No one was surprised that the cows were a major culprit. But quail eggs? That was unexpected.
When the fashionable San Francisco eatery In Situ did a top-to-bottom review of its carbon footprint, they found a lot of issues. That was the point.
Now it is among 60 restaurants promising a carbon-free dining experience this week. Why? Because this is San Francisco, and chefs want to ensure that Gov. Jerry Brown’s global climate summit is fit for foodies, complete with esoteric menus worth a cameo on “Portlandia.”
But the movement is no joke. Food is fast emerging as one of the more intractable — and overlooked — climate problems. Hence Zero Foodprint week.
The three-day summit is embracing the food challenge whole hog, enticing delegates with carbon-neutral menus, holding climate cuisine seminars for restaurateurs, and soliciting governments for weighty pledges focused on sustainable soils and waste reduction.
“We learned that none of the climate action plans drafted to date address the issue of food,” Gwyneth Borden, executive director of the Golden Gate Restaurant Assn., said in an interview Wednesday. “We are eager to bring it into the conversation and set some benchmarks and goals the industry can agree on.”
A day earlier Borden had spoken at a seminar affiliated with the climate summit and geared toward food professionals. Among the panels: “Chew-sing the right ingredients.” As in choosing.
But there is a much bigger conversation about food happening at the summit.
The event is built on five pillars, and food sustainability is one of them. Food waste alone creates about 8% of all human-caused greenhouse gas emissions. In the U.S., that is the equivalent of the emissions spewed by 43 million cars.
Some 1.3 billion tons of produce, meat, seafood and grain get thrown out or spoil on the farm or during distribution — theoretically more than enough to feed every undernourished person on the globe.
The political leaders at the summit are exploring options to dramatically cut such waste, and to shift agricultural practices to more sustainable models that promise considerably lower emissions.
Restaurants taking part in Zero Foodprint week aim to set an example that the rest of the food industry can embrace — not just high-brow establishments selling such items as the “Apocalypse Burger,” a tasty creation built around a modest grass-fed beef patty that is plated to look like a charcoal briquette — a no-no because it’s pure carbon.
“The dish is an allusion to the backyard barbecue — the iconic symbol of American leisure and wastefulness — with the briquette serving as the physical embodiment of carbon, stored prior to release into the atmosphere,” says a menu note from the creator of the dish, chef Anthony Myint.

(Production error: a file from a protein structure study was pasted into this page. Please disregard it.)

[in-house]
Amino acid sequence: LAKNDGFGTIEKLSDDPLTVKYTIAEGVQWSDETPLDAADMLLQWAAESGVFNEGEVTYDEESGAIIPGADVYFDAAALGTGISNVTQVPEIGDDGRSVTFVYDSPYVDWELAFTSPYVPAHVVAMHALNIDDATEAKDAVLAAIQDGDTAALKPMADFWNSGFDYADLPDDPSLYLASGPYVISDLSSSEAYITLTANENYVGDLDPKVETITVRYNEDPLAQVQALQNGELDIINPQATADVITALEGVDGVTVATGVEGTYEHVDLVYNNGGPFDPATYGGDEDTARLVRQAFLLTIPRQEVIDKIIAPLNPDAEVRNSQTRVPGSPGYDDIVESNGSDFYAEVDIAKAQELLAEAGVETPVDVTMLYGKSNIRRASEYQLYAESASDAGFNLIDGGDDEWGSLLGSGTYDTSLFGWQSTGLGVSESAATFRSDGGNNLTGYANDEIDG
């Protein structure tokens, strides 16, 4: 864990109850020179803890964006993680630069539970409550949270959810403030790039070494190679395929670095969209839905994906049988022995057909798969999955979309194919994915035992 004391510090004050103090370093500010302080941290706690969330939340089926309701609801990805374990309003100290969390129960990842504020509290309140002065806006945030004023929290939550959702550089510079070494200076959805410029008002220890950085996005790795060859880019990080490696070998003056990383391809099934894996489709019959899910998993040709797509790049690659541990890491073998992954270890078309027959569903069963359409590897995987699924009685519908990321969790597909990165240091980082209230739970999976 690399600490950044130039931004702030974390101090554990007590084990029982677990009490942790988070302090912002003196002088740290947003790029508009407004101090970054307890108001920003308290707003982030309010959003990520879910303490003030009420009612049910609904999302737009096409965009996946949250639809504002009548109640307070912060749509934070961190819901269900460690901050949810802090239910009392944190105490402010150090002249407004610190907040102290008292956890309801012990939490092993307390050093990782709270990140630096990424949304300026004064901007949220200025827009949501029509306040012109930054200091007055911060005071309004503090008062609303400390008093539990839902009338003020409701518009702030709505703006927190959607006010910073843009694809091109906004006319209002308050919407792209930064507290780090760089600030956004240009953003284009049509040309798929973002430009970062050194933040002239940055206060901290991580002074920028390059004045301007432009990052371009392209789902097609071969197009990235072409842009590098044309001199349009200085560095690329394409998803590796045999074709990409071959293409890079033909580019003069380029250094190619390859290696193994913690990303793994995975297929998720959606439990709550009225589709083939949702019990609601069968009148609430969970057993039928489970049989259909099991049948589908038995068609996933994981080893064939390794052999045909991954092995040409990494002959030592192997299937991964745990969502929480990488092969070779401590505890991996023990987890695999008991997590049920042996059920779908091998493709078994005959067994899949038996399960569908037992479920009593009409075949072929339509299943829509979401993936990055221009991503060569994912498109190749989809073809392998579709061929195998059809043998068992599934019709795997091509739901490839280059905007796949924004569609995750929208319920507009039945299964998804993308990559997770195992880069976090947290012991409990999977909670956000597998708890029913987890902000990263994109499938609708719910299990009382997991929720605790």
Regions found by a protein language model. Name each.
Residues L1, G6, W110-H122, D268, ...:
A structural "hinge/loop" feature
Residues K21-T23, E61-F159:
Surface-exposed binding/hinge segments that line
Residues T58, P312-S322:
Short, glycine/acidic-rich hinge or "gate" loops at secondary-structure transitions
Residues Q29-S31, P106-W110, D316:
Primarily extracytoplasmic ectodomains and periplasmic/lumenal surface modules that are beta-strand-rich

“A lot of people are still thinking in terms of Farm to Table 1.0,” said Myint, co-founder of the Zero Foodprint organization. “It’s, ‘Oh I want to know about the farmer.’ It’s quaint. I don’t think people are thinking about it like, ‘Oh, this is actually the most practical and biggest-impact choice I can make on a daily basis.’ We need to get Farm to Table 2.0.”
Myint obsesses over every stage of the food that lands on the tables of his restaurants, which include the Perennial and Mission Chinese Food, and how it affects the planet. If everyone else in the food business were as meticulous, he argues, it would help reduce the emissions that lead to global warming.
His diners can afford the added cost of carbon-neutral dining. Now he and other like-minded restaurateurs are trying to figure out how to export the climate-conscious culture to more modest establishments.
The Apocalypse Burger is on the menu this week at In Situ, the sophisticated restaurant tucked into the San Francisco Museum of Modern Art that Myint does not own but that embraces his philosophy. And In Situ’s “thousand year” quail eggs that emerged as so climate-unfriendly? They still rotate in, too.
But the restaurant offsets the impact they cause by investing in a sustainable ranch in Marin County that claims a pioneering approach for raising cattle, one that scientists say could help reduce methane from cows and other greenhouse gases from the world’s expanding beef consumption were it embraced by industrial beef producers.
Diners who order the $13 Apocalypse Burger are charged an extra buck to cover the offsets. A note on the menu explains it.
“The note often sparks conversation,” said Jasmine Peterlin, project manager at In Situ. “People ask, ‘What is Zero Foodprint cuisine?’ They are curious.”
Everyone else pays a flat offset fee to dine in the carbon-neutral restaurant. At In Situ, that’s 25 to 35 cents a person. Sister restaurants Benu, which has three Michelin stars, and Monsieur Benjamin also charge a flat fee, along with a small group of other restaurants in San Francisco and around the world.
Their footprint is measured by the Zero Foodprint organization. Restaurant owners fill out a survey listing their ingredients, energy usage and other factors, and a firm called 3Degrees completes an assessment of their emissions.
“We would like every burger and fast food restaurant to be in the same place,” Borden said. “The idea is to change an entire industry’s thinking about this.”
As unrealistic as that sounds, the participation in the climate summit of mega-companies like McDonald’s opens the possibility that they can be nudged along. They may not be selling Apocalypse Burgers anytime soon, but a small change in practices by such giants can go a long way in climate mitigation.
As for the impact of Zero Foodprint week, it is not insignificant. As of Wednesday evening, its organizers claimed credit for averting roughly the same amount of emissions as 928,000 gallons of gasoline.
“You have to start somewhere,” said Pete Pearson, senior director of food loss and waste at the World Wildlife Fund. “These restaurants being engaged doesn’t hurt. Everyone needs a good example.”